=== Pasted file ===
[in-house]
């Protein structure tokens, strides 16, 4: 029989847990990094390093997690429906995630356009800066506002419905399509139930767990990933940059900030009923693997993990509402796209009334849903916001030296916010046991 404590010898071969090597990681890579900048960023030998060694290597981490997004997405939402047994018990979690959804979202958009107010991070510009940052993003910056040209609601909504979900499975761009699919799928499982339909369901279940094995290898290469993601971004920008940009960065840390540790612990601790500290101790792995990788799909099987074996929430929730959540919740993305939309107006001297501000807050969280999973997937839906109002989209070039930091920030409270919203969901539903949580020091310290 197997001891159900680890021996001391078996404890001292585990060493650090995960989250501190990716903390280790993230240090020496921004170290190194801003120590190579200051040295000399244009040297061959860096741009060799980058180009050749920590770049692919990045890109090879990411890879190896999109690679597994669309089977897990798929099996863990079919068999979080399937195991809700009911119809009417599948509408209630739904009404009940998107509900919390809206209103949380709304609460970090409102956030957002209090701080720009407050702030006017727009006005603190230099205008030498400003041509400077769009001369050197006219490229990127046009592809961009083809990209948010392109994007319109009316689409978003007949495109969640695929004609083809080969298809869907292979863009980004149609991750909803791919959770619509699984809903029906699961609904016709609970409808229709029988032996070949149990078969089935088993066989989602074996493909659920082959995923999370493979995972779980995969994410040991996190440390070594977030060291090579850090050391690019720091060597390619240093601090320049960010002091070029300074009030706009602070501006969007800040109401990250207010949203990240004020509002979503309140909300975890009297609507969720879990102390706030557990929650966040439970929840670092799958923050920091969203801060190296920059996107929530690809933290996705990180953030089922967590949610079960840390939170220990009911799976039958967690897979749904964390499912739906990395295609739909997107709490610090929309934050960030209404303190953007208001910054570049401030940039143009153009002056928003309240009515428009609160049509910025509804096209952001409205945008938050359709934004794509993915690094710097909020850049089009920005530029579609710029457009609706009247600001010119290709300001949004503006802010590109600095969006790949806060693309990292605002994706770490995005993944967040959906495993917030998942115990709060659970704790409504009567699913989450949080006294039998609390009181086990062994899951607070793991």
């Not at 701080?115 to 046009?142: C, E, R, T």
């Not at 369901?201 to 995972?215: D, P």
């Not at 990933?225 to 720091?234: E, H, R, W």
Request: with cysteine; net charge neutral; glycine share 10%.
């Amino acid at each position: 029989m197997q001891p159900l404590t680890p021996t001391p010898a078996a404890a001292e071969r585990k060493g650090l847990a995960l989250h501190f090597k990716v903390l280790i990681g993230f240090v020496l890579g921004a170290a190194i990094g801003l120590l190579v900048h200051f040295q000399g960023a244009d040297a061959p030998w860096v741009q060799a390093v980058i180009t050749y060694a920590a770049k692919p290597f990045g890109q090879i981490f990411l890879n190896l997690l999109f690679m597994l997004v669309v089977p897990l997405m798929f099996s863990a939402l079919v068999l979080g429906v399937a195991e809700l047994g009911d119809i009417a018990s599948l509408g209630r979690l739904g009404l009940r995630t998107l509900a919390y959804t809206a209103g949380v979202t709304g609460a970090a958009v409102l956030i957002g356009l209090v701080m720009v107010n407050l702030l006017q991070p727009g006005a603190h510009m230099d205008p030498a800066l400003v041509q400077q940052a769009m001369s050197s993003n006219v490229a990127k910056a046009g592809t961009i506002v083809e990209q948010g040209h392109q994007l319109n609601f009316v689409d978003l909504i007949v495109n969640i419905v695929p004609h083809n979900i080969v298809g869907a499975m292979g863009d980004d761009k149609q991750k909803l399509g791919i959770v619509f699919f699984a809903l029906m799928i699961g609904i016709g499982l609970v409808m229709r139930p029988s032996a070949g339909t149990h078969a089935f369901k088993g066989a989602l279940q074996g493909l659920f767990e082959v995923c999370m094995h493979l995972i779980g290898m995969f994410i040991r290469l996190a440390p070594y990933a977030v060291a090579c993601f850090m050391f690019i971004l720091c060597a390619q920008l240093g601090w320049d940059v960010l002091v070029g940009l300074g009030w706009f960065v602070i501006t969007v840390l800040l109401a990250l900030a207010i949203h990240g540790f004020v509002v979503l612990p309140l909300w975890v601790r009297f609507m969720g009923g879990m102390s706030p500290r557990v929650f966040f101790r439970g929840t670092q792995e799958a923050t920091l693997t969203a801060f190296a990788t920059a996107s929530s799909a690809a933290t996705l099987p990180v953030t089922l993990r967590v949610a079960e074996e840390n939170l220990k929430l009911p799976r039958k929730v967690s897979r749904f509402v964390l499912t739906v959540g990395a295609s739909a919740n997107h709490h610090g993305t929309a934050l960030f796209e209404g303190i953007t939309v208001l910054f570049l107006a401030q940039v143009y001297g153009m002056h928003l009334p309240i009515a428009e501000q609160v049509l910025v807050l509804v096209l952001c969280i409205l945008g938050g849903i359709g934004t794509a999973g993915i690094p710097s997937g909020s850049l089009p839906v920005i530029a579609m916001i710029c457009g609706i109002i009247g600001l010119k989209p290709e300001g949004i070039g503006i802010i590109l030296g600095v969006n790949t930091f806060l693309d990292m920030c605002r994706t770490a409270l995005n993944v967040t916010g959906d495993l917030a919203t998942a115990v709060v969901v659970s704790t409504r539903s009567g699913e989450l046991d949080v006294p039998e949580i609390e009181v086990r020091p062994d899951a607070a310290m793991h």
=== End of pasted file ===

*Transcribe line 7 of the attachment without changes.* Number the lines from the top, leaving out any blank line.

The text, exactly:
């Amino acid at each position: 029989m197997q001891p159900l404590t680890p021996t001391p010898a078996a404890a001292e071969r585990k060493g650090l847990a995960l989250h501190f090597k990716v903390l280790i990681g993230f240090v020496l890579g921004a170290a190194i990094g801003l120590l190579v900048h200051f040295q000399g960023a244009d040297a061959p030998w860096v741009q060799a390093v980058i180009t050749y060694a920590a770049k692919p290597f990045g890109q090879i981490f990411l890879n190896l997690l999109f690679m597994l997004v669309v089977p897990l997405m798929f099996s863990a939402l079919v068999l979080g429906v399937a195991e809700l047994g009911d119809i009417a018990s599948l509408g209630r979690l739904g009404l009940r995630t998107l509900a919390y959804t809206a209103g949380v979202t709304g609460a970090a958009v409102l956030i957002g356009l209090v701080m720009v107010n407050l702030l006017q991070p727009g006005a603190h510009m230099d205008p030498a800066l400003v041509q400077q940052a769009m001369s050197s993003n006219v490229a990127k910056a046009g592809t961009i506002v083809e990209q948010g040209h392109q994007l319109n609601f009316v689409d978003l909504i007949v495109n969640i419905v695929p004609h083809n979900i080969v298809g869907a499975m292979g863009d980004d761009k149609q991750k909803l399509g791919i959770v619509f699919f699984a809903l029906m799928i699961g609904i016709g499982l609970v409808m229709r139930p029988s032996a070949g339909t149990h078969a089935f369901k088993g066989a989602l279940q074996g493909l659920f767990e082959v995923c999370m094995h493979l995972i779980g290898m995969f994410i040991r290469l996190a440390p070594y990933a977030v060291a090579c993601f850090m050391f690019i971004l720091c060597a390619q920008l240093g601090w320049d940059v960010l002091v070029g940009l300074g009030w706009f960065v602070i501006t969007v840390l800040l109401a990250l900030a207010i949203h990240g540790f004020v509002v979503l612990p309140l909300w975890v601790r009297f609507m969720g009923g879990m102390s706030p500290r557990v929650f966040f101790r439970g929840t670092q792995e799958a923050t920091l693997t969203a801060f190296a990788t920059a996107s929530s799909a690809a933290t996705l099987p990180v953030t089922l993990r967590v949610a079960e074996e840390n939170l220990k929430l009911p799976r039958k929730v967690s897979r749904f509402v964390l499912t739906v959540g990395a295609s739909a919740n997107h709490h610090g993305t929309a934050l960030f796209e209404g303190i953007t939309v208001l910054f570049l107006a401030q940039v143009y001297g153009m002056h928003l009334p309240i009515a428009e501000q609160v049509l910025v807050l509804v096209l952001c969280i409205l945008g938050g849903i359709g934004t794509a999973g993915i690094p710097s997937g909020s850049l089009p839906v920005i530029a579609m916001i710029c457009g609706i109002i009247g600001l010119k989209p290709e300001g949004i070039g503006i802010i590109l030296g600095v969006n790949t930091f806060l693309d990292m920030c605002r994706t770490a409270l995005n993944v967040t916010g959906d495993l917030a919203t998942a115990v709060v969901v659970s704790t409504r539903s009567g699913e989450l046991d949080v006294p039998e949580i609390e009181v086990r020091p062994d899951a607070a310290m793991h």